"Firework", which Meyers insists is a solemn attempt to "articulate... what it means to be an underdog", was rather hastily dedicated to the It Gets Better project, set up this autumn to console gay teenagers considering suicide with the knowledge that their lives will improve. It Gets Better is a worthy and necessary initiative in a world where LGBT youth invariably face savage bullying at school, at home and in their communities.

The problem with this approach is that it entirely evades responsibility to change the situation, accepting homophobic hostility as something young people just have to suffer through until they're old enough to move somewhere with a passable scene. The notion that personal resilience is the only possible response to injustice is burnt into the retinas after a single viewing of "Firework". There is something distinctly counter-revolutionary about the exploding tits hypothesis of personal transformation.

The serious message that "Firework" seems to be sending is that you can't actually fight the social structures that put obstacles such as homophobia, body fascism or street crime in your way. All you can do is find the strength to battle against the odds, possibly with the help of a go-getting attitude and a pair of fantastic jugs -- you're not supposed to question why the odds are stacked against you in the first place. "Show 'em what you're worth".

The orthodoxy of consumer self-fashioning is entirely grounded on this notion of desperate individual striving. Outside music-video land, fighting social injustice often involves more meetings, marches and lobbying and fewer synth beats. It doesn't just happen because some pop star in a party frock sprays magical fire from her nipples.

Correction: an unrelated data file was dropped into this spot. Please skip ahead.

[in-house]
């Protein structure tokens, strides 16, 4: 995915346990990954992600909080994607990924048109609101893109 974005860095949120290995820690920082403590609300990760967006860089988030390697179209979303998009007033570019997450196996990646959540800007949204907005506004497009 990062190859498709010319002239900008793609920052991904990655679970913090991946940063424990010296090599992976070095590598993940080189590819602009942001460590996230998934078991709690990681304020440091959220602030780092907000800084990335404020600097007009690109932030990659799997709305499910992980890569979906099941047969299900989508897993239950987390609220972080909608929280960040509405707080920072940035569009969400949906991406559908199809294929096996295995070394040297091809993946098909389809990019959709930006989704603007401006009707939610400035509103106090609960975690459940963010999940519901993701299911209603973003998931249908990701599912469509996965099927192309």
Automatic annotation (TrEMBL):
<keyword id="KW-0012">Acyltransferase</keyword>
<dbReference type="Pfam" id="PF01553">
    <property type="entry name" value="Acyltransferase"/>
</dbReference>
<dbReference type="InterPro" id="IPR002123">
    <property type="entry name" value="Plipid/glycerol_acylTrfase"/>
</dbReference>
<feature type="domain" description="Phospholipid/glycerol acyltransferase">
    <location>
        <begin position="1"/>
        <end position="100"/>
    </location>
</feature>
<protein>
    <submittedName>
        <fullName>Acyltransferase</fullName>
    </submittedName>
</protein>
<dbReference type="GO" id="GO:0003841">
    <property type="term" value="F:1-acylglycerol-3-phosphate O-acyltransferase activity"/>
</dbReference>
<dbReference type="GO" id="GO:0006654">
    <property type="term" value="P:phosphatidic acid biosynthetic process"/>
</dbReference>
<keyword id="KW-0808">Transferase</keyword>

It is reassuring, then, that by the end of the video all the hundreds of young people blessed with Perry's bosom-burning spurts of CGI self-worth seem to have gone into a sort of gleefully pagan trance of self-immolation, converging on the town square in a bacchanalia of contemporary dance. The incendiary rabble appears to turn on Perry in an orgy of flamey vengeance.

Clearly, come the revolution, the boobs-on-fire brigade will be the first against the wall.  

Laurie Penny is a contributing editor to the New Statesman. She is the author of five books, most recently Unspeakable Things.

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The Wood Wide Web: the world of trees underneath the surface

Mycorrhizal networks, better known as the Wood Wide Web, have allowed scientists to understand the social networks formed by trees underground.